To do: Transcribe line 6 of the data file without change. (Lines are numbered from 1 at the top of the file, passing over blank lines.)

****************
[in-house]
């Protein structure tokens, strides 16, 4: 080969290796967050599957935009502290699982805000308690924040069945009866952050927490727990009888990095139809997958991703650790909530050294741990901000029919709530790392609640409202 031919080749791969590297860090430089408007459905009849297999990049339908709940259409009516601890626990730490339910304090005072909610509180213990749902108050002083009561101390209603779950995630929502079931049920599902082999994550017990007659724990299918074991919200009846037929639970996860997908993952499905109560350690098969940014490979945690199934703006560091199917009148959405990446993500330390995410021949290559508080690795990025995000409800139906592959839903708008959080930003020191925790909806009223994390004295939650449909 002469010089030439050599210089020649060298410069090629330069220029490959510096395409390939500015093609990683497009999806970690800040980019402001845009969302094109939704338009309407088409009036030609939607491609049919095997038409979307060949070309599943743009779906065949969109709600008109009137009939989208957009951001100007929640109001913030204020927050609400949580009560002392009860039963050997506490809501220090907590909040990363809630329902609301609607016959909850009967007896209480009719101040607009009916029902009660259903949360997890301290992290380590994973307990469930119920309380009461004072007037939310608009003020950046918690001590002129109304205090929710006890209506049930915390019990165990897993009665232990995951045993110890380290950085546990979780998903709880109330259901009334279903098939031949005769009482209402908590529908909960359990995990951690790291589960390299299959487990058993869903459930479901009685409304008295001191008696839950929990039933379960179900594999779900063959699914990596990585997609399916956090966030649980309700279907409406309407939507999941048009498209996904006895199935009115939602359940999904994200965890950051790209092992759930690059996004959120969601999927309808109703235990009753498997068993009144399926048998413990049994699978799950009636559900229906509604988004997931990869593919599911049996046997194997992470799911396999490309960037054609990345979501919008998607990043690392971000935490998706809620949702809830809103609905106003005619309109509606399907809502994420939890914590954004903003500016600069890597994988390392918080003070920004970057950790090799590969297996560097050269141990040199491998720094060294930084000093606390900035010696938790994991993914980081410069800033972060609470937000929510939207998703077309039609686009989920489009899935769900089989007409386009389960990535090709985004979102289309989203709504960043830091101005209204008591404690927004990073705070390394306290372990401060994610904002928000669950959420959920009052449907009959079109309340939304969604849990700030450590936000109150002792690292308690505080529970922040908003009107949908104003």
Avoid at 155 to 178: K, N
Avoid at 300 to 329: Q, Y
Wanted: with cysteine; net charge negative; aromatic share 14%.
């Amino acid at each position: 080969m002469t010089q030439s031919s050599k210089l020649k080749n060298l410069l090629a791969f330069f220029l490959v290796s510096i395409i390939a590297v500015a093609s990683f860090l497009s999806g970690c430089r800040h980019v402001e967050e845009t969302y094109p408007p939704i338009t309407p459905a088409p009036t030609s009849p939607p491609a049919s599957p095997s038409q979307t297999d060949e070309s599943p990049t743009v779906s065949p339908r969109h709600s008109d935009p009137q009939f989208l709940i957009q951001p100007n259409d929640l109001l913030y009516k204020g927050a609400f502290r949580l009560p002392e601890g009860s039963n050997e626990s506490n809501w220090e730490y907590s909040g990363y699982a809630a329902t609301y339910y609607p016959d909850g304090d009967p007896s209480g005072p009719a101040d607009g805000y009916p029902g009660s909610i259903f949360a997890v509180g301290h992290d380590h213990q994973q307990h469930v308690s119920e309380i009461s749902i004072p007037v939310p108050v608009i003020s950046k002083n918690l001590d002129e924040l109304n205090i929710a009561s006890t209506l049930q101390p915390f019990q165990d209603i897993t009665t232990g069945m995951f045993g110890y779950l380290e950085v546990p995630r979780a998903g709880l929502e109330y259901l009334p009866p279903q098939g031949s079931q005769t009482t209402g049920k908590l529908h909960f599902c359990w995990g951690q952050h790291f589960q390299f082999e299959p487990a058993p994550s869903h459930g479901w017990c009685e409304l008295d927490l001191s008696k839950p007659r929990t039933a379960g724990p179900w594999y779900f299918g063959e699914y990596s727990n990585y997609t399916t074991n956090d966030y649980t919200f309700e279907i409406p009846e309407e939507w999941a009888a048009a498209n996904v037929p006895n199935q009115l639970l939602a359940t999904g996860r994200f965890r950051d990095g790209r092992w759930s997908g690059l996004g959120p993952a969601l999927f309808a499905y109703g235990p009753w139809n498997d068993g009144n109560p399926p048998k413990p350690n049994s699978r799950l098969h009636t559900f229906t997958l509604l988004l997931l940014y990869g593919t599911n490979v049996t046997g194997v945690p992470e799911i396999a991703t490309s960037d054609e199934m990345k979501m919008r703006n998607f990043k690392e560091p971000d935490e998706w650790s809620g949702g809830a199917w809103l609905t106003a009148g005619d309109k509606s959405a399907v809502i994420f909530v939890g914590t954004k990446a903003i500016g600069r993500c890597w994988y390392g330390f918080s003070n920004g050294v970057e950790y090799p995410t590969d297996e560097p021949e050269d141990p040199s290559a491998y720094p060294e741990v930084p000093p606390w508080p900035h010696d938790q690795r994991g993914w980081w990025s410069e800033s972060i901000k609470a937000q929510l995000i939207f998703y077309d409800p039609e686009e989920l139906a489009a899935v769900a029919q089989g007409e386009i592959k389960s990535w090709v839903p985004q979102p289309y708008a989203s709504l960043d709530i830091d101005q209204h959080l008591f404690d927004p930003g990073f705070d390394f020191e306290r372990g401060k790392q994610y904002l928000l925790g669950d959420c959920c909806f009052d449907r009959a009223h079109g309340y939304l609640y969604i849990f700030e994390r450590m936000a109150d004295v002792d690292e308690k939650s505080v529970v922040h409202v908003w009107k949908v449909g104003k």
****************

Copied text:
């Amino acid at each position: 080969m002469t010089q030439s031919s050599k210089l020649k080749n060298l410069l090629a791969f330069f220029l490959v290796s510096i395409i390939a590297v500015a093609s990683f860090l497009s999806g970690c430089r800040h980019v402001e967050e845009t969302y094109p408007p939704i338009t309407p459905a088409p009036t030609s009849p939607p491609a049919s599957p095997s038409q979307t297999d060949e070309s599943p990049t743009v779906s065949p339908r969109h709600s008109d935009p009137q009939f989208l709940i957009q951001p100007n259409d929640l109001l913030y009516k204020g927050a609400f502290r949580l009560p002392e601890g009860s039963n050997e626990s506490n809501w220090e730490y907590s909040g990363y699982a809630a329902t609301y339910y609607p016959d909850g304090d009967p007896s209480g005072p009719a101040d607009g805000y009916p029902g009660s909610i259903f949360a997890v509180g301290h992290d380590h213990q994973q307990h469930v308690s119920e309380i009461s749902i004072p007037v939310p108050v608009i003020s950046k002083n918690l001590d002129e924040l109304n205090i929710a009561s006890t209506l049930q101390p915390f019990q165990d209603i897993t009665t232990g069945m995951f045993g110890y779950l380290e950085v546990p995630r979780a998903g709880l929502e109330y259901l009334p009866p279903q098939g031949s079931q005769t009482t209402g049920k908590l529908h909960f599902c359990w995990g951690q952050h790291f589960q390299f082999e299959p487990a058993p994550s869903h459930g479901w017990c009685e409304l008295d927490l001191s008696k839950p007659r929990t039933a379960g724990p179900w594999y779900f299918g063959e699914y990596s727990n990585y997609t399916t074991n956090d966030y649980t919200f309700e279907i409406p009846e309407e939507w999941a009888a048009a498209n996904v037929p006895n199935q009115l639970l939602a359940t999904g996860r994200f965890r950051d990095g790209r092992w759930s997908g690059l996004g959120p993952a969601l999927f309808a499905y109703g235990p009753w139809n498997d068993g009144n109560p399926p048998k413990p350690n049994s699978r799950l098969h009636t559900f229906t997958l509604l988004l997931l940014y990869g593919t599911n490979v049996t046997g194997v945690p992470e799911i396999a991703t490309s960037d054609e199934m990345k979501m919008r703006n998607f990043k690392e560091p971000d935490e998706w650790s809620g949702g809830a199917w809103l609905t106003a009148g005619d309109k509606s959405a399907v809502i994420f909530v939890g914590t954004k990446a903003i500016g600069r993500c890597w994988y390392g330390f918080s003070n920004g050294v970057e950790y090799p995410t590969d297996e560097p021949e050269d141990p040199s290559a491998y720094p060294e741990v930084p000093p606390w508080p900035h010696d938790q690795r994991g993914w980081w990025s410069e800033s972060i901000k609470a937000q929510l995000i939207f998703y077309d409800p039609e686009e989920l139906a489009a899935v769900a029919q089989g007409e386009i592959k389960s990535w090709v839903p985004q979102p289309y708008a989203s709504l960043d709530i830091d101005q209204h959080l008591f404690d927004p930003g990073f705070d390394f020191e306290r372990g401060k790392q994610y904002l928000l925790g669950d959420c959920c909806f009052d449907r009959a009223h079109g309340y939304l609640y969604i849990f700030e994390r450590m936000a109150d004295v002792d690292e308690k939650s505080v529970v922040h409202v908003w009107k949908v449909g104003k």